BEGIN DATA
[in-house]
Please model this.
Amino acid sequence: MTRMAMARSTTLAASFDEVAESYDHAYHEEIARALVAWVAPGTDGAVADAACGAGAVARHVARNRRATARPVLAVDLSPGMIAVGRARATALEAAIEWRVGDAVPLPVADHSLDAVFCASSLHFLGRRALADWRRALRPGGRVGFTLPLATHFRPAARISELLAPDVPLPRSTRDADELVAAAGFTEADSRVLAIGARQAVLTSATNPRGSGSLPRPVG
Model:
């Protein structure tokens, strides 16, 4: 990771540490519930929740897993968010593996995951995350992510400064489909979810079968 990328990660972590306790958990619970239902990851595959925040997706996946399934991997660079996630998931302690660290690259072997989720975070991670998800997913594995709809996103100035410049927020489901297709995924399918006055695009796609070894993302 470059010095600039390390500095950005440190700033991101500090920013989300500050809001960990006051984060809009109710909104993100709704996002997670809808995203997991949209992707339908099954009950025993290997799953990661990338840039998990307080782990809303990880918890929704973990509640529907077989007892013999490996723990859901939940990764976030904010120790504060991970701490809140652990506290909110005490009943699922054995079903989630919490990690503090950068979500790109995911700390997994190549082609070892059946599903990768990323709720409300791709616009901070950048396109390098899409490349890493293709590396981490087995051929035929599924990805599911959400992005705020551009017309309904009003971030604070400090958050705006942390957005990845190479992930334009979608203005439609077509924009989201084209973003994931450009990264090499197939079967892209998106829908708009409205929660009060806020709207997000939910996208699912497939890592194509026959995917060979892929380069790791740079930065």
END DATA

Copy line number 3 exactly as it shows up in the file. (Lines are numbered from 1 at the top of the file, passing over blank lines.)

Amino acid sequence: MTRMAMARSTTLAASFDEVAESYDHAYHEEIARALVAWVAPGTDGAVADAACGAGAVARHVARNRRATARPVLAVDLSPGMIAVGRARATALEAAIEWRVGDAVPLPVADHSLDAVFCASSLHFLGRRALADWRRALRPGGRVGFTLPLATHFRPAARISELLAPDVPLPRSTRDADELVAAAGFTEADSRVLAIGARQAVLTSATNPRGSGSLPRPVG